From my family photo album, The Los Angeles Skyline - 1970. From L to R, The Pacbell Tower, est. 1961, The 611 Building, est 1967, my cousin Gio, est. 1950 and The Union Bank Plaza, est. 1968.
The Los Angeles Skyline as seen from The Pershing Square Ice Skating Rink - January 2011. The PacBell Tower does not look as lonely today as it did in 1970. Photo on black and white film by El Niño Angeleno
Compared to its big brothers on the East Coast, Los Angeles is but a teenager, barely sprouting its skinny legs in the roomy interior of an old Pontiac sedan and learning how to drive shortly after the end of WWII. Downtown Los Angeles has gone through a bit of a face lift over the last 50 years or so. Change that brought street level parking lot madness in the 1950s and that transformed Bunker Hill from Victorian homes to steel skyscrapers in the 1960s, change that brought a unique post-modern building called The Bonaventure in the 1970’s and that brought urban blight in the 1980s, change that finally brought a subway system in the 1990s and that brought a series of revitalization projects in the 2000s. The US Bank Tower, The Staples Center, LA Live, The Nokia Theatre, The Disney Concert Hall and The Cathedral of Our Lady of The Angels are among the many projects that have sprouted up in the last 20 years. I must have blinked for a moment in the late 1980s as I got on the 110 freeway North at 4th Street and a short moment later glanced back in the rear view mirror, only to see all of these projects completed and in full swing. I must have been stuck in traffic longer than I thought.
The Los Angeles skyline is still growing thicker and fuller like a rockabilly pompadour reaching for the sky. The arteries of its public transportation rail system continue to expand every year, hopefully some day reaching every corner of the region including the big beautiful blue eyes of the Pacific Ocean. (Hey, I had to take a 2 hour bus ride from Silver Lake to Santa Monica when I was a teenager.) The result of an adaptive reuse ordinance set forth in 1999, many of the old historic buildings that sat vacant for decades were converted over to residential lofts, thus bringing back the urban dwellers that left downtown and surrounding neighborhoods decades ago as part of suburban flight.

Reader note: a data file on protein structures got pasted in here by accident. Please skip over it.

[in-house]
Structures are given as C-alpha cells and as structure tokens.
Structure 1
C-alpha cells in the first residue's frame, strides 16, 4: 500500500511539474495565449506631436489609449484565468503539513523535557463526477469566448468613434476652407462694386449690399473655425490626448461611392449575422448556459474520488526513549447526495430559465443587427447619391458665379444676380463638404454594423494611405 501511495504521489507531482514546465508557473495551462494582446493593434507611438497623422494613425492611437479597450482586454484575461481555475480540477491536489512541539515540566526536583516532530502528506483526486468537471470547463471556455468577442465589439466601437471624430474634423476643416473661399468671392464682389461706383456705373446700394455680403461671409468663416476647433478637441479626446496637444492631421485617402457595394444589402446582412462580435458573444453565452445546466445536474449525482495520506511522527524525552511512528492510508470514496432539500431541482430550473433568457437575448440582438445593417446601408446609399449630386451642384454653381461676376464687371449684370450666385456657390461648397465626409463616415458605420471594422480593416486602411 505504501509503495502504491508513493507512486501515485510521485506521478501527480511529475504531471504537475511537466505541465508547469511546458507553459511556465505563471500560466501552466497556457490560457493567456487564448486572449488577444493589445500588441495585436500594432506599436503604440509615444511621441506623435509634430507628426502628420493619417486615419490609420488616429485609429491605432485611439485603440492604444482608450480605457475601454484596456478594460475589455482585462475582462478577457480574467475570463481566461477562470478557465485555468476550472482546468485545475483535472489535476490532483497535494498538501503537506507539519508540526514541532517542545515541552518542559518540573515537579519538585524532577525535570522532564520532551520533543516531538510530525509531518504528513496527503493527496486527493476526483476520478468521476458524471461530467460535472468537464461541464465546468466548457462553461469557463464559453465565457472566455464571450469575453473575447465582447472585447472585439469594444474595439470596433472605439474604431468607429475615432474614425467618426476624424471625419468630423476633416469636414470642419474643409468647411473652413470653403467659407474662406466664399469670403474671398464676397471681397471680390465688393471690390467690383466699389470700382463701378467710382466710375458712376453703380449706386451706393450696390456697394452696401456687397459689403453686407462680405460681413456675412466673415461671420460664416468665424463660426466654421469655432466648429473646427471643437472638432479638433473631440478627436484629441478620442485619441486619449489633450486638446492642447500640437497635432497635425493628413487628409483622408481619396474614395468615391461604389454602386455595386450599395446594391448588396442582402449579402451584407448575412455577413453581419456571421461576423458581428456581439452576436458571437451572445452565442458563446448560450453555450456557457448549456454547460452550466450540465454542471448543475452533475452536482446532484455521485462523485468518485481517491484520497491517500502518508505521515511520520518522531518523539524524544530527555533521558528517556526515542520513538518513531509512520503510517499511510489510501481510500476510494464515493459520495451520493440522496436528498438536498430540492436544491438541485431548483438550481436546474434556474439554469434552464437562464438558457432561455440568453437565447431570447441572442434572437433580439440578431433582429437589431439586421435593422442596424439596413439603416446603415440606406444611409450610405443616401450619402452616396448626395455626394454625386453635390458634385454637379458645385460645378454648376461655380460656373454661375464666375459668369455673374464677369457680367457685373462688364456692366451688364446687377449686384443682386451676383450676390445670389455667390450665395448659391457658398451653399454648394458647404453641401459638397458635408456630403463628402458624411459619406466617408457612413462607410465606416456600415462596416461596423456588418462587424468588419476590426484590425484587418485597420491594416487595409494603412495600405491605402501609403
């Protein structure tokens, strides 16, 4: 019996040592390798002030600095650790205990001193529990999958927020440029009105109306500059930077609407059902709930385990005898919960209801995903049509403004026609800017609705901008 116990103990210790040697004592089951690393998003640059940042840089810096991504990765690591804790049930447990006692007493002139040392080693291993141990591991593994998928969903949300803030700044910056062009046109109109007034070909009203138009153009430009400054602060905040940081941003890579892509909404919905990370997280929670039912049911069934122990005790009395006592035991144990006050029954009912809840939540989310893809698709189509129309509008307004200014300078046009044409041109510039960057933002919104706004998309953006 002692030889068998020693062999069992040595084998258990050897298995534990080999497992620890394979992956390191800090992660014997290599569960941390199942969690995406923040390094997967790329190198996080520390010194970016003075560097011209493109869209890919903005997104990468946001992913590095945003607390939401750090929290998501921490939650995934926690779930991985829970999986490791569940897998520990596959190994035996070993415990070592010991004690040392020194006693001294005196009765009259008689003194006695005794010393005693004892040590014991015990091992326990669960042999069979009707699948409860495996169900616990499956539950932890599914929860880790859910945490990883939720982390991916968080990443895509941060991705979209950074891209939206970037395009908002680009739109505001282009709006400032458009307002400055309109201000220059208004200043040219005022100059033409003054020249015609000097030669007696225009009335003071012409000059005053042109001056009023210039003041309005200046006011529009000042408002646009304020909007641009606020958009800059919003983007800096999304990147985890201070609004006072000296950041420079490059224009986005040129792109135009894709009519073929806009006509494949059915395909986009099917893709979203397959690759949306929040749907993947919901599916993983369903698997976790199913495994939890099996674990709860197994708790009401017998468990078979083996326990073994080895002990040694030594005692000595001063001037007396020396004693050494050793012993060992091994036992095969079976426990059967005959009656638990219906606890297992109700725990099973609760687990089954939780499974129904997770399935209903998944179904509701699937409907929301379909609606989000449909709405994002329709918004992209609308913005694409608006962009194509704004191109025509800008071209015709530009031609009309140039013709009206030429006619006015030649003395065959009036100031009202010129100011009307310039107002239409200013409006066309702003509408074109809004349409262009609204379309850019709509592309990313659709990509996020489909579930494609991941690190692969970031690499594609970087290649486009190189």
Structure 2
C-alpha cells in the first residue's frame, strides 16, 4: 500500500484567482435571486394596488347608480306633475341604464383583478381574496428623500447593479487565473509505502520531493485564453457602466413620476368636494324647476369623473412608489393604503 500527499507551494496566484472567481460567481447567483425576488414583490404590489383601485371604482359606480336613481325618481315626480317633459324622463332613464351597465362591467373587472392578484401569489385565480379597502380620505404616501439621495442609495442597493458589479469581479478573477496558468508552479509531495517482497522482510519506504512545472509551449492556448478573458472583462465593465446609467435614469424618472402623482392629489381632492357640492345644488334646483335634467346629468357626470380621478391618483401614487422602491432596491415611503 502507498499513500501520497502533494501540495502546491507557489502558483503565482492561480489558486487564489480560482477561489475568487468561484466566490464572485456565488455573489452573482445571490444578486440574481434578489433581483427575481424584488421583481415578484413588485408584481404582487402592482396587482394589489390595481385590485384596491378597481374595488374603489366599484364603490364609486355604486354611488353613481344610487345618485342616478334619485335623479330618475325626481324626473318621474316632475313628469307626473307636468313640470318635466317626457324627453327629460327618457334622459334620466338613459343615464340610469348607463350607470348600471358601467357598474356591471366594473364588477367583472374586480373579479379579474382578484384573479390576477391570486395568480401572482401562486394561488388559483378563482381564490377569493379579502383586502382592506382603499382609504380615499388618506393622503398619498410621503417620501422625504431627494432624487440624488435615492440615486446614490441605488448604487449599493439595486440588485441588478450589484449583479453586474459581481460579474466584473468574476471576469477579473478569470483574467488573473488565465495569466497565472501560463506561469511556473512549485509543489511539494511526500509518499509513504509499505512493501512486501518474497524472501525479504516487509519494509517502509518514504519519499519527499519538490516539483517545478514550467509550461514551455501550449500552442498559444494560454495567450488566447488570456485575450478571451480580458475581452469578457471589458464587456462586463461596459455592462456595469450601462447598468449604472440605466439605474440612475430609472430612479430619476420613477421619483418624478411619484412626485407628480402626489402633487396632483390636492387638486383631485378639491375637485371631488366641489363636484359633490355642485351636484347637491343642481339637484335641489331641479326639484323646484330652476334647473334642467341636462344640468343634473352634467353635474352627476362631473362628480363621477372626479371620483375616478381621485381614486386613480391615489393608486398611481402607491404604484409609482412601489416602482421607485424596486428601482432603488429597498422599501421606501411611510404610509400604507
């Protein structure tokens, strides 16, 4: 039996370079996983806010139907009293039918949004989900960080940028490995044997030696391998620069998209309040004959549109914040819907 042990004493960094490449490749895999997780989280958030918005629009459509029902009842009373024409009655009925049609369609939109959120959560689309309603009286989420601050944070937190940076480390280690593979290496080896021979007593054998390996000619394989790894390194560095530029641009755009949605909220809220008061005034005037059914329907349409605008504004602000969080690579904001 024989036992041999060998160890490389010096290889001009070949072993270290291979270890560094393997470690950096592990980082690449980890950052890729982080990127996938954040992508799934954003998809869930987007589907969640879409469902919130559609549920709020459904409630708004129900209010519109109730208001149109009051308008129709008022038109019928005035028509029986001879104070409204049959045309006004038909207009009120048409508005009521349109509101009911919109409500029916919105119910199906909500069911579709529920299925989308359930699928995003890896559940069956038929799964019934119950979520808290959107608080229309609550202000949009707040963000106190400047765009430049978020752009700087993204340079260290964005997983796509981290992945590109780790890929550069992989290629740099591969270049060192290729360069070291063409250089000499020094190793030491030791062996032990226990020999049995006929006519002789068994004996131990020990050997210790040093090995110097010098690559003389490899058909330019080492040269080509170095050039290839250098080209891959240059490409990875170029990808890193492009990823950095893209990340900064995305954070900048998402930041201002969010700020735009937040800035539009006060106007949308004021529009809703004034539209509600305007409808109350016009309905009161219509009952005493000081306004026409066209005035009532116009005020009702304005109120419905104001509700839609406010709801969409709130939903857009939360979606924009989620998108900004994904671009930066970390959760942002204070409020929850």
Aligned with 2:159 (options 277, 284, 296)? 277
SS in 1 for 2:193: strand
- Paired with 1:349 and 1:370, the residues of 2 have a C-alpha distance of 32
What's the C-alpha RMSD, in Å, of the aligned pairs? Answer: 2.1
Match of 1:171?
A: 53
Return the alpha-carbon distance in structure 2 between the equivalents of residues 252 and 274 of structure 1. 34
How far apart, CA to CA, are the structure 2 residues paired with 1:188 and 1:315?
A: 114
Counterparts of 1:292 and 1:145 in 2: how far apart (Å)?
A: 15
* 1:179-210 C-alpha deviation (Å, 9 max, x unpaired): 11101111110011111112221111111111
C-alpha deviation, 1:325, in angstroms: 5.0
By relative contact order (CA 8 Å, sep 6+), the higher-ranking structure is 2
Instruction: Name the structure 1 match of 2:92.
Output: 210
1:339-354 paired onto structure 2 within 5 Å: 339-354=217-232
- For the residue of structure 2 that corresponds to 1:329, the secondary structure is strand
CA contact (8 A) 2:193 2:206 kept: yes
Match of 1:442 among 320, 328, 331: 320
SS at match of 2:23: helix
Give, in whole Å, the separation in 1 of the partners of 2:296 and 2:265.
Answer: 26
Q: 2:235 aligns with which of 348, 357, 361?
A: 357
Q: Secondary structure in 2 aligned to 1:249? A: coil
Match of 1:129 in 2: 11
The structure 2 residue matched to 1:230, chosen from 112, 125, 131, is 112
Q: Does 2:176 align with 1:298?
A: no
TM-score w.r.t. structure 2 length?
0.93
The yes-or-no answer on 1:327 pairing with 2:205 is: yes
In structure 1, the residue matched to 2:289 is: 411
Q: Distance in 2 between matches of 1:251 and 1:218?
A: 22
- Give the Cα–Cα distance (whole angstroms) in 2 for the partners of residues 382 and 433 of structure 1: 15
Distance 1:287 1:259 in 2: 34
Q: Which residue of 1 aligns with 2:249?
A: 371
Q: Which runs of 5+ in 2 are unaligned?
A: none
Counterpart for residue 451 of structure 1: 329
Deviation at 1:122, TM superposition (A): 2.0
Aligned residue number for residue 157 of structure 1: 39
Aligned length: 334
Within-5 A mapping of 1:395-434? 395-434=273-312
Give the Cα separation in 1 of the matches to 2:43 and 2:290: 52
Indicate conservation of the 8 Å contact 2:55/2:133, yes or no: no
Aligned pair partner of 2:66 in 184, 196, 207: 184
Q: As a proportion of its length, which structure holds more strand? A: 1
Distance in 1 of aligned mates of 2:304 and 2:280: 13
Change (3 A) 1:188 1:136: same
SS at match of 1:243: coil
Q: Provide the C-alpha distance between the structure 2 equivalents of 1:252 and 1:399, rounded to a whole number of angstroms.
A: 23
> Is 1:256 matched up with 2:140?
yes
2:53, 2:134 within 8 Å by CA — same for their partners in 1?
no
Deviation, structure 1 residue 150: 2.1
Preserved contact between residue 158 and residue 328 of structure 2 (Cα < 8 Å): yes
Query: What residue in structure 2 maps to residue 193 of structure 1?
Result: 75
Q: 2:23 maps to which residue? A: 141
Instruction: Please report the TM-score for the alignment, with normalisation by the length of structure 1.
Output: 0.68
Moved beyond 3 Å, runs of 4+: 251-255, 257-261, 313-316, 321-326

I don’t claim to know everything about Los Angeles, in fact I know very little. I can’t recall the exact moment in 1966 as a three year old Angeleno that I stood with my older brother at the DWP building to pose for a family snapshot (the cover photo of this blog). City Hall is showcased in the background of that photo and that 1928 icon is just like another member of the family looking for face-time in the family photo album. My earliest memory of Downtown Los Angeles is simple yet beautiful; riding The Angels Flight Railroad in my father’s arms shortly before it closed in 1969. Angels Flight returned last year and Downtown Los Angeles continues to amaze me. (For a great look at Downtown Los Angeles and Bunker Hill check out Ken MacKenzie’s 1961 film, The Exiles.)
Build it and they will come. Population in the City of Los Angeles:
Year Census Population